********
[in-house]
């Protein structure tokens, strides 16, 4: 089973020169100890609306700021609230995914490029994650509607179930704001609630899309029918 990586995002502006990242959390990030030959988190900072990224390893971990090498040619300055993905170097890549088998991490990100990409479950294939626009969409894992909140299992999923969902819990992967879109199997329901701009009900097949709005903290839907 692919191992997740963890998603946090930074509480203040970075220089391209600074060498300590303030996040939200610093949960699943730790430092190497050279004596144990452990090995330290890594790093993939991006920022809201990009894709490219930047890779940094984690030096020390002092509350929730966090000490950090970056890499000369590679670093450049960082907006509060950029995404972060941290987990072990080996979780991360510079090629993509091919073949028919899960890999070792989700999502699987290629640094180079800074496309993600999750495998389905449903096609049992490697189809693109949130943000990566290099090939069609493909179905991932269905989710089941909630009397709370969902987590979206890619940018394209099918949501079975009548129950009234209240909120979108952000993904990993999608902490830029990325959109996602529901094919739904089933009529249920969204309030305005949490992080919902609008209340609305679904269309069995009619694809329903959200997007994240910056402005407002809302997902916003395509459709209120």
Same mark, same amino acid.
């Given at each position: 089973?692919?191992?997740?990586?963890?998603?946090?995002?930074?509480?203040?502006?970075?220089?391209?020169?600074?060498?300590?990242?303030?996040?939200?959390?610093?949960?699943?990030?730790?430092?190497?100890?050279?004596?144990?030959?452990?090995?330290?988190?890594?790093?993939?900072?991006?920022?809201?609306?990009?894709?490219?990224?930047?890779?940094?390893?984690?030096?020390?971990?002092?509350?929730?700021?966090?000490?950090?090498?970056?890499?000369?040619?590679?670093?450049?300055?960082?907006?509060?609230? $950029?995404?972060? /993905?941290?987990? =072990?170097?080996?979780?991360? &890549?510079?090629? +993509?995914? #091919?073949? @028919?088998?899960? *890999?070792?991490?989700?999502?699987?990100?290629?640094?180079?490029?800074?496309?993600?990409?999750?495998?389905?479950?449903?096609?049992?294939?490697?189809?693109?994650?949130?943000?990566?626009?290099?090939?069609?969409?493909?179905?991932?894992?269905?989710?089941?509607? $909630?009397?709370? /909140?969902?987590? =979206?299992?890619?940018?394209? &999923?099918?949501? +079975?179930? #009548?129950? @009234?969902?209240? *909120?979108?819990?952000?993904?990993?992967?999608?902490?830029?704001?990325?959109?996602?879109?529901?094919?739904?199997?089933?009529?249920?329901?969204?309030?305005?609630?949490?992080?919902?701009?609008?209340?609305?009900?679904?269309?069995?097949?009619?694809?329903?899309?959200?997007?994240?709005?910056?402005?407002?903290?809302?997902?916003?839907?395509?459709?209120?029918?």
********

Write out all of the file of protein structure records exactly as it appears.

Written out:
[in-house]
């Protein structure tokens, strides 16, 4: 089973020169100890609306700021609230995914490029994650509607179930704001609630899309029918 990586995002502006990242959390990030030959988190900072990224390893971990090498040619300055993905170097890549088998991490990100990409479950294939626009969409894992909140299992999923969902819990992967879109199997329901701009009900097949709005903290839907 692919191992997740963890998603946090930074509480203040970075220089391209600074060498300590303030996040939200610093949960699943730790430092190497050279004596144990452990090995330290890594790093993939991006920022809201990009894709490219930047890779940094984690030096020390002092509350929730966090000490950090970056890499000369590679670093450049960082907006509060950029995404972060941290987990072990080996979780991360510079090629993509091919073949028919899960890999070792989700999502699987290629640094180079800074496309993600999750495998389905449903096609049992490697189809693109949130943000990566290099090939069609493909179905991932269905989710089941909630009397709370969902987590979206890619940018394209099918949501079975009548129950009234209240909120979108952000993904990993999608902490830029990325959109996602529901094919739904089933009529249920969204309030305005949490992080919902609008209340609305679904269309069995009619694809329903959200997007994240910056402005407002809302997902916003395509459709209120």
Same mark, same amino acid.
């Given at each position: 089973?692919?191992?997740?990586?963890?998603?946090?995002?930074?509480?203040?502006?970075?220089?391209?020169?600074?060498?300590?990242?303030?996040?939200?959390?610093?949960?699943?990030?730790?430092?190497?100890?050279?004596?144990?030959?452990?090995?330290?988190?890594?790093?993939?900072?991006?920022?809201?609306?990009?894709?490219?990224?930047?890779?940094?390893?984690?030096?020390?971990?002092?509350?929730?700021?966090?000490?950090?090498?970056?890499?000369?040619?590679?670093?450049?300055?960082?907006?509060?609230? $950029?995404?972060? /993905?941290?987990? =072990?170097?080996?979780?991360? &890549?510079?090629? +993509?995914? #091919?073949? @028919?088998?899960? *890999?070792?991490?989700?999502?699987?990100?290629?640094?180079?490029?800074?496309?993600?990409?999750?495998?389905?479950?449903?096609?049992?294939?490697?189809?693109?994650?949130?943000?990566?626009?290099?090939?069609?969409?493909?179905?991932?894992?269905?989710?089941?509607? $909630?009397?709370? /909140?969902?987590? =979206?299992?890619?940018?394209? &999923?099918?949501? +079975?179930? #009548?129950? @009234?969902?209240? *909120?979108?819990?952000?993904?990993?992967?999608?902490?830029?704001?990325?959109?996602?879109?529901?094919?739904?199997?089933?009529?249920?329901?969204?309030?305005?609630?949490?992080?919902?701009?609008?209340?609305?009900?679904?269309?069995?097949?009619?694809?329903?899309?959200?997007?994240?709005?910056?402005?407002?903290?809302?997902?916003?839907?395509?459709?209120?029918?």